Gernot Wagner's writing and speaking serves as a wake-up call. Individual action -- including the corporate kind -- won't and can't make a difference, and may often even be counterproductive to the larger outcome. Gernot is an economist at the Environmental Defense Fund, teaches energy economics at Columbia, and wrote But Will the Planet Notice? (Hill & Wang/Farrar Strauss & Giroux, 2011). He doesn't eat meat, doesn't drive, and knows full well the futility of his personal choices.
You recycle, eat local, and aren't printing this email to save paper? Good. Just, of course, that none of that will save the tuna or stop global warming. The solution must be working with -- not against -- basic market forces channeling our very desires.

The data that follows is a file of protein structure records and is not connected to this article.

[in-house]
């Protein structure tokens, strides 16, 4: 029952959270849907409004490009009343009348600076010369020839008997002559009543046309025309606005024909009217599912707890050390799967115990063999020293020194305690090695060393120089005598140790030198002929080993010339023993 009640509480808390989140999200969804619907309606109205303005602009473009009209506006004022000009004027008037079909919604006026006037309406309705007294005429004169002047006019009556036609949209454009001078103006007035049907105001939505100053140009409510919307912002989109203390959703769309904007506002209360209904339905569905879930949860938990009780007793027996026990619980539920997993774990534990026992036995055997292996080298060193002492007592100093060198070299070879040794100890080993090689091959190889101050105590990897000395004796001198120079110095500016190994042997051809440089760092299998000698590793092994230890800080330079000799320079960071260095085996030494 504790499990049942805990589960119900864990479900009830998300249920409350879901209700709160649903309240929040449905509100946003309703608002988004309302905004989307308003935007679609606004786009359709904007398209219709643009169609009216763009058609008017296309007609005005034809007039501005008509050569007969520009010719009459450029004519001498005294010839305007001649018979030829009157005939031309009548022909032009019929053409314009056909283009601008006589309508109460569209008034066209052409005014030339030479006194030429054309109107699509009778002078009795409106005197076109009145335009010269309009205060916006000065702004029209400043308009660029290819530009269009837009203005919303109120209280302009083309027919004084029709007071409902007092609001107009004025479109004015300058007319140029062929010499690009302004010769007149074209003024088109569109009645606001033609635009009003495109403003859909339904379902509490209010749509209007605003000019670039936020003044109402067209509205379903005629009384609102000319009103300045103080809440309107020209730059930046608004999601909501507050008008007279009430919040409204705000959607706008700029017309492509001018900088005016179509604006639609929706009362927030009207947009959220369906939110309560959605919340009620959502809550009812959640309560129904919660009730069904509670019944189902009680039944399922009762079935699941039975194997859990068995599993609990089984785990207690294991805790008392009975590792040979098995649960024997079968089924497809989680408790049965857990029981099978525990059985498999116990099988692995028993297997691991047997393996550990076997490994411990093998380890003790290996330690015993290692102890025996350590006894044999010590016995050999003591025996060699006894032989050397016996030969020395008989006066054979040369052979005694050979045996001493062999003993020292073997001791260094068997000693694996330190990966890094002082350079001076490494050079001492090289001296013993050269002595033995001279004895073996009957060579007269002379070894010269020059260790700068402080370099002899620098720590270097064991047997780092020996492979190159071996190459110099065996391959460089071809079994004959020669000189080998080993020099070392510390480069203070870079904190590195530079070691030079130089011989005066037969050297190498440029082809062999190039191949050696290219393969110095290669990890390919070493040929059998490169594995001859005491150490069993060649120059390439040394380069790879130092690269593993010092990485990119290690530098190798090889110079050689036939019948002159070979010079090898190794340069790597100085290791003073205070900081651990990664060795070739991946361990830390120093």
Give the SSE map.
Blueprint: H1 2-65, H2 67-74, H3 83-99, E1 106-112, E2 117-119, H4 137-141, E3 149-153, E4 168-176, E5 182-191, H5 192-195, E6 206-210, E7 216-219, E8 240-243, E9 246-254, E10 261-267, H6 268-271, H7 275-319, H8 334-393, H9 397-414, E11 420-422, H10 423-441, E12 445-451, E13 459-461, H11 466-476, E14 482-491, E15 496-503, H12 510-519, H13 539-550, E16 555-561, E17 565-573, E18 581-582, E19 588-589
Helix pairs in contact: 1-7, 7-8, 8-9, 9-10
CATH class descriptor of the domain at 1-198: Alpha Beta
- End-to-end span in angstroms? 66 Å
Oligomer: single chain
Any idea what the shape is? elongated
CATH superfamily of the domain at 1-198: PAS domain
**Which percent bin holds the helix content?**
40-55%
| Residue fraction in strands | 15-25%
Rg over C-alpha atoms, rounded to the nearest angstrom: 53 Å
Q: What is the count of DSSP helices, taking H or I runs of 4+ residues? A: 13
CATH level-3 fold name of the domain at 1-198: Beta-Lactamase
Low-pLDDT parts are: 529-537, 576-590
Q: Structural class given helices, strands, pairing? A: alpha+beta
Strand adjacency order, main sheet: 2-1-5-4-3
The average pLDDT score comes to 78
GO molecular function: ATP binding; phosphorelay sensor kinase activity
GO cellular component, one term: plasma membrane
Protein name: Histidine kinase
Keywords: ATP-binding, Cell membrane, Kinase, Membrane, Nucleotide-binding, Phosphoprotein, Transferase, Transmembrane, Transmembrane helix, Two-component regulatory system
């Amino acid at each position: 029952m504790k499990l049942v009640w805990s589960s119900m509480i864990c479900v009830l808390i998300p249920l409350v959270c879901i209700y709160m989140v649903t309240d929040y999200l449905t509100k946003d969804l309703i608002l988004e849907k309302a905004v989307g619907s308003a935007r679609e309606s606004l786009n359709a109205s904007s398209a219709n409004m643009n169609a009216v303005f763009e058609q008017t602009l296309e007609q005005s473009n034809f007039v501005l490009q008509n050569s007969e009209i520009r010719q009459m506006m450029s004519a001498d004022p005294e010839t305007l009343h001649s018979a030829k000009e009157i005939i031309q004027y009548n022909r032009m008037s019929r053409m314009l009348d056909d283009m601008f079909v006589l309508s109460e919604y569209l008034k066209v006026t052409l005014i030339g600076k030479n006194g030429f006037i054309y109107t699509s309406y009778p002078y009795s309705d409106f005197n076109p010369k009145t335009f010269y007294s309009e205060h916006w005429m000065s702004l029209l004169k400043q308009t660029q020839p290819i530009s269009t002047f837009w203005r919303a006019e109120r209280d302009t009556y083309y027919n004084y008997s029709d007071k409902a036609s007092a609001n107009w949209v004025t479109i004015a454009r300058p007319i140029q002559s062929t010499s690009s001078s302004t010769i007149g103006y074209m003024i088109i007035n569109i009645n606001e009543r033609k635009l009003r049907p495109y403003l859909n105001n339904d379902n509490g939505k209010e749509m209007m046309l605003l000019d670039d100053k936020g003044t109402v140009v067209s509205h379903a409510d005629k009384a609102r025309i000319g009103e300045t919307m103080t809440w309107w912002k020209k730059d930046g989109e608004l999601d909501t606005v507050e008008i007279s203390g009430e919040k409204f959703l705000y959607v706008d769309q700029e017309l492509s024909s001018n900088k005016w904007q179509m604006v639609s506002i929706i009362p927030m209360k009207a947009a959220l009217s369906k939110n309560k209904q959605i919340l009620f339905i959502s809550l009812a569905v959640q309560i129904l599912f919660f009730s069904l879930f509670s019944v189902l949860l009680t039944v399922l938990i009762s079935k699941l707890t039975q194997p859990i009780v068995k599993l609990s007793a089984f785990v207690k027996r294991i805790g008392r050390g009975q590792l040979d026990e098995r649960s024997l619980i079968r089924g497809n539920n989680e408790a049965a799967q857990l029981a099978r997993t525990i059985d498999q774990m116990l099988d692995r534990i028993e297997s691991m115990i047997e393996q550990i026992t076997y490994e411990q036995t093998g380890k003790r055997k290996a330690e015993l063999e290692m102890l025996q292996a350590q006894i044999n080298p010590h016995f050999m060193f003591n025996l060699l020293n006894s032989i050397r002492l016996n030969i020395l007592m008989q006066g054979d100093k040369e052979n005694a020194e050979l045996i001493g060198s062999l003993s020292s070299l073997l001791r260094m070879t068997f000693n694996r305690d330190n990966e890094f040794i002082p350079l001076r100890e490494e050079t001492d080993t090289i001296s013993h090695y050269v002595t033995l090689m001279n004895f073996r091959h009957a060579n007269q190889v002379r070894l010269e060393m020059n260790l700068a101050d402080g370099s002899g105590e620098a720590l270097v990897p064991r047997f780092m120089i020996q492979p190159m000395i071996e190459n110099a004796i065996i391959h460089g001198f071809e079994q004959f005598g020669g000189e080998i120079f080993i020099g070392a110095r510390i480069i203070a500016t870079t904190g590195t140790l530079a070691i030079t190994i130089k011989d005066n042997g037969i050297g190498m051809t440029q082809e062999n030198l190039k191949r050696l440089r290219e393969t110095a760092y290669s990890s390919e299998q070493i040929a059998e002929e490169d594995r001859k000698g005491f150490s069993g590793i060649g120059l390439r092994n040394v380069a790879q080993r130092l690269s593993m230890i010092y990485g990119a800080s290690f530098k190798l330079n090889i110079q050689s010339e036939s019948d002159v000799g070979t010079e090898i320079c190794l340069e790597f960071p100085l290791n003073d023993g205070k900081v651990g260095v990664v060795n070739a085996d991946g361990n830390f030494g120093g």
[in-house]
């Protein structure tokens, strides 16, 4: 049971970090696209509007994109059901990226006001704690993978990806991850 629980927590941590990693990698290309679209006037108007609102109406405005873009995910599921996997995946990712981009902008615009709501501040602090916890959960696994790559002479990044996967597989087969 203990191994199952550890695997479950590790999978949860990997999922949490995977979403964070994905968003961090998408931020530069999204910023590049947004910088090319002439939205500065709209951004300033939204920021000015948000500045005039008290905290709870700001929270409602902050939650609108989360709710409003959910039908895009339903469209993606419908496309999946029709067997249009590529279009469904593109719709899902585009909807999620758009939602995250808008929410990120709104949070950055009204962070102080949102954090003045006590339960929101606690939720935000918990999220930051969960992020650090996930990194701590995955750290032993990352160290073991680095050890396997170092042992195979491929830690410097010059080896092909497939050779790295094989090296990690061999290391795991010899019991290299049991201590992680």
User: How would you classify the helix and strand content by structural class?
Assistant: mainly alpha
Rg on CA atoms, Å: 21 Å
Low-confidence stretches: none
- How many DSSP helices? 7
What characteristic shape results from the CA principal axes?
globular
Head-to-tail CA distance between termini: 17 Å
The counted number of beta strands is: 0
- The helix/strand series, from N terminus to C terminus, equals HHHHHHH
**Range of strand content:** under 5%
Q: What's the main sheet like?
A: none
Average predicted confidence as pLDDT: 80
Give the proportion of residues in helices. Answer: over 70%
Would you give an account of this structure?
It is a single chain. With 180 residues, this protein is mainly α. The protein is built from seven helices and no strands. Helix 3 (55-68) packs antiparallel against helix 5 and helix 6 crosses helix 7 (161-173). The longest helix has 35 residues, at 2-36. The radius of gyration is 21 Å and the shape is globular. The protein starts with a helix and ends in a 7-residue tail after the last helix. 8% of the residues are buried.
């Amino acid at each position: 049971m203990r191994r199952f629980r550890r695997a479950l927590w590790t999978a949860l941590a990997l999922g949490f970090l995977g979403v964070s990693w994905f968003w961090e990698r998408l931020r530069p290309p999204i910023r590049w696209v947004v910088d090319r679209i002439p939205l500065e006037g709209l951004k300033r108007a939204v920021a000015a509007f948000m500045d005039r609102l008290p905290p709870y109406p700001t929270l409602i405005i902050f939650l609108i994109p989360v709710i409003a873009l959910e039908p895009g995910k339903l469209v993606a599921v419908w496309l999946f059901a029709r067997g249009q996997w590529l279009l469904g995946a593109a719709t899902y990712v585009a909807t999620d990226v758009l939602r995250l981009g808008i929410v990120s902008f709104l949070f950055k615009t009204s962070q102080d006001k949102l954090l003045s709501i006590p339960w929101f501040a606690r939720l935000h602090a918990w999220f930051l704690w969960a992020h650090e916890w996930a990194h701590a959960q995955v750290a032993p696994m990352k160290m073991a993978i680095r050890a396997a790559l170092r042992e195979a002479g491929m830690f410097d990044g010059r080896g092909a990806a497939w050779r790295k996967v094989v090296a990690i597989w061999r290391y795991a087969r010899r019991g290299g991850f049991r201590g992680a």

Free markets are the best way to solve many an environmental problem. Just that the current situation is anything but. Markets are woefully rigged in favor of pollution and polluters. Every ton of coal or barrel of oil causes more in damage than it adds value to GDP. Yet polluters are able to privatize the benefits and socialize the costs. That's the worst kind of socialism.